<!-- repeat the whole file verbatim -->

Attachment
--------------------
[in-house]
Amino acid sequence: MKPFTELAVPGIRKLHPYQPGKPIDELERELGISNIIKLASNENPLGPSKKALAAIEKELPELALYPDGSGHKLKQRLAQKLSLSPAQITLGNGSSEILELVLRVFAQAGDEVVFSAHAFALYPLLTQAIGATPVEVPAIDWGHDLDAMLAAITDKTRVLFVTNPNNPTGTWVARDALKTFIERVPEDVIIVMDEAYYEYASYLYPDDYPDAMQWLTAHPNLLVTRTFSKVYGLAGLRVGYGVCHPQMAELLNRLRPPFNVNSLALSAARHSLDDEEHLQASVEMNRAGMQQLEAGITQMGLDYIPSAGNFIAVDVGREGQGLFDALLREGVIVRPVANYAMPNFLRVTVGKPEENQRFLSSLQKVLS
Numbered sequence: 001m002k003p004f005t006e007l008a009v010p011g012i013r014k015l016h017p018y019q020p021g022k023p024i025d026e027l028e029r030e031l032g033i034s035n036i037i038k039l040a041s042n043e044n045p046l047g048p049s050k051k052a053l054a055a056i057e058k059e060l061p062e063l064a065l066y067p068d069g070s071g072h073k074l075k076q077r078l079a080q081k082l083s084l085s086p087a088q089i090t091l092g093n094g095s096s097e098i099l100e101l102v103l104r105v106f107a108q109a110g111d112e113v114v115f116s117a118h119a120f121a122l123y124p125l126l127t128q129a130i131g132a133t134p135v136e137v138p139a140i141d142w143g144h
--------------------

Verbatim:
[in-house]
Amino acid sequence: MKPFTELAVPGIRKLHPYQPGKPIDELERELGISNIIKLASNENPLGPSKKALAAIEKELPELALYPDGSGHKLKQRLAQKLSLSPAQITLGNGSSEILELVLRVFAQAGDEVVFSAHAFALYPLLTQAIGATPVEVPAIDWGHDLDAMLAAITDKTRVLFVTNPNNPTGTWVARDALKTFIERVPEDVIIVMDEAYYEYASYLYPDDYPDAMQWLTAHPNLLVTRTFSKVYGLAGLRVGYGVCHPQMAELLNRLRPPFNVNSLALSAARHSLDDEEHLQASVEMNRAGMQQLEAGITQMGLDYIPSAGNFIAVDVGREGQGLFDALLREGVIVRPVANYAMPNFLRVTVGKPEENQRFLSSLQKVLS
Numbered sequence: 001m002k003p004f005t006e007l008a009v010p011g012i013r014k015l016h017p018y019q020p021g022k023p024i025d026e027l028e029r030e031l032g033i034s035n036i037i038k039l040a041s042n043e044n045p046l047g048p049s050k051k052a053l054a055a056i057e058k059e060l061p062e063l064a065l066y067p068d069g070s071g072h073k074l075k076q077r078l079a080q081k082l083s084l085s086p087a088q089i090t091l092g093n094g095s096s097e098i099l100e101l102v103l104r105v106f107a108q109a110g111d112e113v114v115f116s117a118h119a120f121a122l123y124p125l126l127t128q129a130i131g132a133t134p135v136e137v138p139a140i141d142w143g144h